Sarah Henry is the Public Information Officer for the City of Alameda.
City Works to Mitigate Future Hazards
City Works to Mitigate Future Hazards
The City of Alameda’s award-winning Climate Action & Resiliency Plan sets the ambitious goal of reducing dangerous carbon emissions by 50 percent below the level they were in 2005 by 2030, through equitable improvements in transportation, buildings, energy use, and waste management.
The City is now updating its Climate Adaptation & Hazard Mitigation Plan, which addresses the hazards of earthquakes, floods, sea level and groundwater rise, tsunamis, heat, smoke, power outages, and dam failure inundation.
To help share this work with you, I talked with Danielle Mieler, the City’s Sustainability and Resilience Manager. Here’s a summary of the draft plan, with more information online at www.alamedaca.gov/hazardmitigationplan.
What hazards are of the greatest concern for Alameda residents and businesses?
Earthquakes and sea level rise are the two hazards with the highest likelihood for consequences in Alameda. We know that an earthquake could occur at any time on a nearby fault and would result in significant damage to many of Alameda’s older buildings and infrastructure.
Sea level rise is a slower-moving disaster, but its consequences for Alameda are huge. We anticipate that without significant efforts to curb greenhouse gas emissions, water levels could be 3.5 feet higher than they are today by 2070 and reach 6 to 7 feet by 2100. This would cause significant permanent flooding of our shoreline while rising groundwater will cause flooding in the interior of the island.
What is the City doing to prepare for these disasters?
As an island community, preparing for disasters is a citywide priority. We’ve prepared buildings with seismic retrofits, requiring gas shut-off valves, and upgrading air filtration systems at our libraries and the Mastick Senior Center to serve as Cooling/Clean Air Centers on hot and smoky days.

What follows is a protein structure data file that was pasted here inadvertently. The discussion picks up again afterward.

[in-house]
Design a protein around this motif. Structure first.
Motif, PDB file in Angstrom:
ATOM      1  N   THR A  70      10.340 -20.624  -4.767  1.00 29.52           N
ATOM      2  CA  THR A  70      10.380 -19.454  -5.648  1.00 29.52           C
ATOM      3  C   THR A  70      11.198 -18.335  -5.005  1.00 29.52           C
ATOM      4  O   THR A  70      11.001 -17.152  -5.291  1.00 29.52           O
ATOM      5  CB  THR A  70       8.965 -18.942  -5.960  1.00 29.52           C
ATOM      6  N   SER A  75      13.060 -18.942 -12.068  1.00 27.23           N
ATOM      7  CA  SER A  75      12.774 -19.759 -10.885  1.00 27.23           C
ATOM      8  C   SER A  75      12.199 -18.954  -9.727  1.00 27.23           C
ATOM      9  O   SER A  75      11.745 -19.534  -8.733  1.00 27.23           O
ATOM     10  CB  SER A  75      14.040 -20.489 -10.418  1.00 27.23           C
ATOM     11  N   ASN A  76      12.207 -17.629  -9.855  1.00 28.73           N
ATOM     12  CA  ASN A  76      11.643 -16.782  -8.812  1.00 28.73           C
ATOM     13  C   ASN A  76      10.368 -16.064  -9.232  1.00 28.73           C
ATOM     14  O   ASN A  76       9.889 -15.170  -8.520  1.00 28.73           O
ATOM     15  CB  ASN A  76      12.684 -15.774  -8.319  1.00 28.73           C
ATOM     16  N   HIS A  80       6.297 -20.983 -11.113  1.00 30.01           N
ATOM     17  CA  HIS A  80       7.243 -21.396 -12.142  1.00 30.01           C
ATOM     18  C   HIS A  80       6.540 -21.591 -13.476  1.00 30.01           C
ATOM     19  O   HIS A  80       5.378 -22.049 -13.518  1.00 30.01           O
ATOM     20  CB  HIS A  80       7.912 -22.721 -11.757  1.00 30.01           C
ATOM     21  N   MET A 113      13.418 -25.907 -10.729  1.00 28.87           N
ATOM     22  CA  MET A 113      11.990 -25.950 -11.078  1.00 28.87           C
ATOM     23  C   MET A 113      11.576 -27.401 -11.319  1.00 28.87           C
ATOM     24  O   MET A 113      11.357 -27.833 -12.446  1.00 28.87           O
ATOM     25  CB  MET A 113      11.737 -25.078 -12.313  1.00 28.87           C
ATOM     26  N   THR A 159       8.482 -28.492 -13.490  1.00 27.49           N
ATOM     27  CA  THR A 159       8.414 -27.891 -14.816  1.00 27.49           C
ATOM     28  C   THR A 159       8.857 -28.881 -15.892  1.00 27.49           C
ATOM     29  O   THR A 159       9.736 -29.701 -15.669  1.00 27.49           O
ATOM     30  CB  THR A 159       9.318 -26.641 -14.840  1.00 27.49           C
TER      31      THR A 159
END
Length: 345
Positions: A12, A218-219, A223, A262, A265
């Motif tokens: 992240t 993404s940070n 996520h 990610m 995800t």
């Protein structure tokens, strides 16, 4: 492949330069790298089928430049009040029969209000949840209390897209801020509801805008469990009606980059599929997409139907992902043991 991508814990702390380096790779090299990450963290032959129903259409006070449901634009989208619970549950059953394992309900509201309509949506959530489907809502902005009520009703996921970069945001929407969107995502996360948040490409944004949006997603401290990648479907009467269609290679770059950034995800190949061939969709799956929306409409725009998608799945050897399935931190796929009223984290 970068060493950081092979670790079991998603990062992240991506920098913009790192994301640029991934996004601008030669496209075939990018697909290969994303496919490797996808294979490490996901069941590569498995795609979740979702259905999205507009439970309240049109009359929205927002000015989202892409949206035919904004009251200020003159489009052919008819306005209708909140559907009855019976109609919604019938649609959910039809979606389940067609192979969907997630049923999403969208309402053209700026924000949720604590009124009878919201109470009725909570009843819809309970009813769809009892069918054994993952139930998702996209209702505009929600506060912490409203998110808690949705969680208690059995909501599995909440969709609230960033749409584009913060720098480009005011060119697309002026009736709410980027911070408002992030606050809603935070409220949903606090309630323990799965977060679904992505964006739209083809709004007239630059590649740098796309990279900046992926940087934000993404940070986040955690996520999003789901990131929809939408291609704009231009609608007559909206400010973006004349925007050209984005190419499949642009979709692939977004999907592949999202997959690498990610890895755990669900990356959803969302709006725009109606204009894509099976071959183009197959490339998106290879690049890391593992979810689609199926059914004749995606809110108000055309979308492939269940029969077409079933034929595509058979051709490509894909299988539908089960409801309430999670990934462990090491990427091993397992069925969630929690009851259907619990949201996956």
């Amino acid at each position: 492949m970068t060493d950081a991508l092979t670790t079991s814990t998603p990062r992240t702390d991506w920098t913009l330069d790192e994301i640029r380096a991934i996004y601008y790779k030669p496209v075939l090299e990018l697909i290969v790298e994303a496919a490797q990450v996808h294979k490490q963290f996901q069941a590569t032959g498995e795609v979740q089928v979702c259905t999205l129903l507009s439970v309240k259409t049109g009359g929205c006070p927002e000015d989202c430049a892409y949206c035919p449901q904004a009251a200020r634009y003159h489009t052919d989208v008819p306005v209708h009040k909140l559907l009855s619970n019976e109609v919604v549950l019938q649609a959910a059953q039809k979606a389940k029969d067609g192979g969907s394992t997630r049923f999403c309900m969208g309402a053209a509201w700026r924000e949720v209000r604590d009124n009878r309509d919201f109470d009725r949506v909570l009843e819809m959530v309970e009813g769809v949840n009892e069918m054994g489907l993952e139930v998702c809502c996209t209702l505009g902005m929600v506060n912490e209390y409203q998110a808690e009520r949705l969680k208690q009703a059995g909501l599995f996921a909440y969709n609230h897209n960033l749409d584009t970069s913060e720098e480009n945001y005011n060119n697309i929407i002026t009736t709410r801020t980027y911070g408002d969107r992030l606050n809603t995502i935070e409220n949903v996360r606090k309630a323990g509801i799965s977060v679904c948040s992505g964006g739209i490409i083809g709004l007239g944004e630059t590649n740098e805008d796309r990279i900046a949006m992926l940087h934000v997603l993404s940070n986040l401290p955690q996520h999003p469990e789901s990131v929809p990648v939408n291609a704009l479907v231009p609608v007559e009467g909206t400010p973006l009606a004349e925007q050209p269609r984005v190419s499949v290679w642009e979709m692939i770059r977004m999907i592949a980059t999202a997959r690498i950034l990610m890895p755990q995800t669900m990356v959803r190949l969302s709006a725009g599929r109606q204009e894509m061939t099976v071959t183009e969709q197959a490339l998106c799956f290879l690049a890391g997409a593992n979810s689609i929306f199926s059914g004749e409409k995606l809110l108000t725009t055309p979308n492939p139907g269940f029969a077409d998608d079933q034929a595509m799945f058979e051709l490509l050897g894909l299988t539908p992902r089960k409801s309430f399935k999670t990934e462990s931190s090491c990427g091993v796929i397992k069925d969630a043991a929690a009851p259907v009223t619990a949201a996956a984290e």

We’ve prepared our infrastructure, including evaluating and upgrading all estuary crossings, upgrading the Ballena Bridge, constructing a new Emergency Operations Center and Fire Station #3, and purchasing two water tenders capable of pulling water from the Bay to fight fires.
We’ve prepared policies that regulate construction in flood zones, require owners of soft-story apartment buildings to have their buildings seismically evaluated with automatic gas shut-off valves installed (so far 164 of 222 apartment buildings in Alameda have been retrofitted).
The city continues to provide home upgrade grants to low-income property owners and property owners that rent to low-income tenants.
We’ve prepared plans including tsunami inundation evacuation and emergency response plans, an update to the Health and Safety Element of the General Plan, and the draft Climate Adaptation & Hazard Mitigation Plan, with more than 40 strategies to prepare Alameda for disasters.
What can residents do to prepare their homes and families for disasters?
To help prevent damage and keep your household safe, secure movable items in your space, secure or remove brick chimneys, anchor gas appliances, store food and water, and subscribe to AC Alerts, which is how the City will contact you in an emergency, at www.acalert.org. Homeowners can also apply for a seismic retrofit grant at www.earthquakebracebolt.com.
What about in the event of a tsunami in Alameda?
Alameda’s most significant tsunami risk comes from distant earthquakes (for example, off the coast of Alaska), which would not damage the transportation network here in Alameda. Recently updated tsunami maps show that while the probability of a tsunami impacting Alameda is low, the risk of damage could be high.
If there is a tsunami with the need to evacuate residents, the City and Alameda County will work together to issue warnings that alert the public about what to do to stay safe.
We know that Central Avenue is the highest point in Alameda, and community members would be encouraged to walk or bicycle to the center part of the main island or drive/bike beyond I-880. Community members west of Grand Street would exit through the tubes, and east of Grand Street would exit over the Park Street, Fruitvale, and High Street bridges.
Bay Farm Island would exit via Doolittle or Ron Cowan Parkway by car or bus. Community members on Bay Farm Island can also bicycle or walk to the main island. A small tsunami could be caused by a local earthquake. If community members feel a strong earthquake, they should immediately evacuate the beaches and marinas and move inland.
Please visit the website to learn more and to sign up to stay engaged in this work at www.alamedaca.gov/hazardmitigationplan.